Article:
March became the third month when January and February, which were added to the end of the Roman calendar around 700 BCE, instead became the first and second months around 450 BCE.

I Martius am! Once first, and now third!
To lead the Year was my appointed place;
A mortal dispossessed me by a word,
And set there Janus with the double face.
–Henry Wadsworth Longfellow, American poet (1807–82)


·         March 8 is International Women’s Day, which is a day that not only celebrates the achievements of women and the progress made toward women’s rights, but also brings attention to ongoing struggles for equality around the world.

·         March 14 is the start of Daylight Saving Time, which begins at 2:00 A.M. that day. If your area observes it, don’t forget to “spring forward” and set the clocks one hour ahead, or you may find yourself an hour late to everything! 

·         March 15 is the Ides of March! Legend surrounds this ill-fated day. Beware the Ides of March!

·         March 15 is also Clean Monday. Also called Pure Monday, this day marks the beginning of Great Lent for followers of the Eastern Orthodox Christian Church. This day is similar to Ash Wednesday of the Western Church.

·         March 17 is St. Patrick’s Day. According to folklore, folks wear a shamrock on St. Patrick’s Day because the saint used its three leaves to explain the Trinity. 

·         March 20 brings about the March equinox—also called the vernal or spring equinox in the Northern Hemisphere—marking the beginning of spring. In the Southern Hemisphere, this date marks the autumnal equinox and the beginning of fall. On this day, the Sun stands directly over Earth’s equator.

·         March 27 is the start of Passover, which begins at sundown on this day. 

·         March 18 is Palm Sunday, the Sunday before Easter and the last Sunday of Lent.

·         March 29-31 are known as the Borrowing Days. According to lore, the last three days of March have a reputation for being stormy.

·         Looking ahead: This year, Easter Sunday will occur on April 4, culminating the Holy Week for Christian churches and commemorating the resurrection of Jesus Christ. Read more about Easter Sunday and find out why the date changes every year.

The brown buds thicken on the trees,
Unbound, the free streams sing,
As March leads forth across the leas
The wild and windy spring.
–Elizabeth Akers Allen (1832–1911)

“Just for Fun” Days

Did you know that March is National Umbrella Month? Here are some more wacky things to celebrate this month:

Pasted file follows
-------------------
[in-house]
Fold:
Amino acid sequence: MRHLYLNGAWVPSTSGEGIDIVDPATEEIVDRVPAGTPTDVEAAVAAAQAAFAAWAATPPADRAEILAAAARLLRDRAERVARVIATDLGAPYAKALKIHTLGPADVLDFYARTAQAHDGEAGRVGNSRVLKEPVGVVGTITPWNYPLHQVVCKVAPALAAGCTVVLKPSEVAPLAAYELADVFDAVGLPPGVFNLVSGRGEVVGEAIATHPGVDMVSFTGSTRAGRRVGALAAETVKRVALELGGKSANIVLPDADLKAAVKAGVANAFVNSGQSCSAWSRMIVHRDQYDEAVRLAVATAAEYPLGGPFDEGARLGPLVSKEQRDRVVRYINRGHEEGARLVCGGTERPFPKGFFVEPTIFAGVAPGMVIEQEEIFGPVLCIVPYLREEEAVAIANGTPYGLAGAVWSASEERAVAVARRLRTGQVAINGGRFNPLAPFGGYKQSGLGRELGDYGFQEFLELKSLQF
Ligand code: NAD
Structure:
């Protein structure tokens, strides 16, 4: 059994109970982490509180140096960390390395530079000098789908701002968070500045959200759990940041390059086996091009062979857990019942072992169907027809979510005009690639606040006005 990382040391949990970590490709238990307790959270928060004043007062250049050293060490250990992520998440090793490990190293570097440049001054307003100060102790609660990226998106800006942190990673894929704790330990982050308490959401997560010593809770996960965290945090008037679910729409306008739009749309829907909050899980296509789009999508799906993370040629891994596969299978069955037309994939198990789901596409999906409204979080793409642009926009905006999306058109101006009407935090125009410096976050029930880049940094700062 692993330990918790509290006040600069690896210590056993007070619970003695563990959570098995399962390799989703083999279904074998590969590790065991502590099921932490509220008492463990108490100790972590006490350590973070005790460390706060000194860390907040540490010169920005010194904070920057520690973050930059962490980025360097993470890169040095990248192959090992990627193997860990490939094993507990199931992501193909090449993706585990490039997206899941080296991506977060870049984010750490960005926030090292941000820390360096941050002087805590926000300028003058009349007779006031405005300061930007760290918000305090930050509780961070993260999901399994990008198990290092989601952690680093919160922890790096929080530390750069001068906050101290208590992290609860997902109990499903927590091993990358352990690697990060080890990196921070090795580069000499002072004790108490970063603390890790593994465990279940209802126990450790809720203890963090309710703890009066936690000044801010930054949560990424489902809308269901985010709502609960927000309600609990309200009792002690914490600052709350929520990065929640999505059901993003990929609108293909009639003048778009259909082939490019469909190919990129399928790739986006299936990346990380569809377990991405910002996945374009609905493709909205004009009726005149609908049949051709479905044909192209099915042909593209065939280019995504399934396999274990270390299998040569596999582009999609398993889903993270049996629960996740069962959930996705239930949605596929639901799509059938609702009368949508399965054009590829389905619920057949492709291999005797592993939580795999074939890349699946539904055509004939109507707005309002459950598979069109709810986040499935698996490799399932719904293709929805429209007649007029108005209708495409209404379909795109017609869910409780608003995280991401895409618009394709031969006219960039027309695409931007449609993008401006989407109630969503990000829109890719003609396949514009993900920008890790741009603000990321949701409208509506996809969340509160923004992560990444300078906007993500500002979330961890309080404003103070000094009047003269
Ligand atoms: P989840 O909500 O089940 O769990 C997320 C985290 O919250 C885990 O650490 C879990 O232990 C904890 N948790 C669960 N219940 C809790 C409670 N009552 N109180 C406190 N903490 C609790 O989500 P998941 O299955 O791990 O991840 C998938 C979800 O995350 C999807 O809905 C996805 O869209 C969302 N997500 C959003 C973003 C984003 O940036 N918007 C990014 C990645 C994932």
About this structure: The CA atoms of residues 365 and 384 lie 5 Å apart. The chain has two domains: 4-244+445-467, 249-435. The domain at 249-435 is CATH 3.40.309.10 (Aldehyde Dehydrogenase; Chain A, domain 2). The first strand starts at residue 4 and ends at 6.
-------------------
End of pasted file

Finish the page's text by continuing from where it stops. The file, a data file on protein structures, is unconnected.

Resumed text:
·         March 3: What If Cats and Dogs Had Opposable Thumbs Day

·         March 9: International Fanny Pack Day

·         March 13: National Ear Muff Day

·         March 16: National Panda Day

·         March 21: Absolutely Incredible Kid Day

·         March 23: World Meteorological Day

·         March 31: World Backup Day


The Full Worm Moon

March’s full Moon, the Worm Moon, reaches peak illumination on Sunday, March 28, at 2:50 PM EDT. Look for it that evening as it rises above the horizon!

March Moon Phases

Last Quarter: Mar. 5, 8:32 p.m. EST
New Moon: Mar 13, 5:23 a.m. EST
First Quarter: Mar 21, 10:41 a.m. EDT
Full Moon: Mar. 28, 2:50 p.m. EDT

In Like a Leo, Out Like an Aries

You may have heard the weather proverb, “If March comes in like a lion, it will go out like a lamb,” which means that if the month starts off stormy, it will end with mild weather. There is, however, a different interpretation: The constellation Leo, the lion, rises in the east at the beginning of March and thus the month “comes in like a lion,” while Aries, the ram, sets in the west at the end of the month, and hence, the month “will go out like a lamb.”

The Start of Spring

The March equinox occurs on Saturday, March 20, 2021. In the Northern Hemisphere, this is known as the vernal, or spring, equinox and marks the start of the spring season. In the Southern Hemisphere, autumn begins.

At this time, the Sun crosses the celestial equator on its way north. Also on this day, the Sun rises exactly in the east and sets exactly in the west—a good thing to know if you get lost in the woods.

Equinox Quiz

The March equinox occurs on March 20 at 5:37 A.M. EDT this year, ushering in the spring season in the Northern Hemisphere. At this time, the Sun’s position will be at which of the following coordinates on the celestial sphere?

A. 0 hour right ascension, 0° declination.
B. 6 hours right ascension, 23.5° North declination.
C. 12 hours right ascension, 0° declination
D. 18 hours right ascension, 23.5° South declination

Answer: A. B describes the Sun’s position during the June (summer) solstice; C, during the September (fall) equinox; and D, during the December (winter) solstice.


·         According to folklore, wear a sprig of rosemary in your hair to improve your memory! 

·         March brings rain and mud! Sprinkle salt on carpets to dry out muddy footprints before vacuuming. Find more cleaning tips. 


According to Henry David Thoreau, the call of a bluebird is a song that “melts the ear, as the snow.” 

Check birdhouses for damage and give them a spring cleaning before tenants arrive for the season. 

Spring means fishing! 


·         A wet spring, a dry harvest.

·         On St. Patrick’s Day, the warm side of a stone turns up, and the broad-back goose begins to lay. 

·         March comes in with adders’ heads and goes out with peacocks’ tails.

·         Thunder in spring, Cold will bring.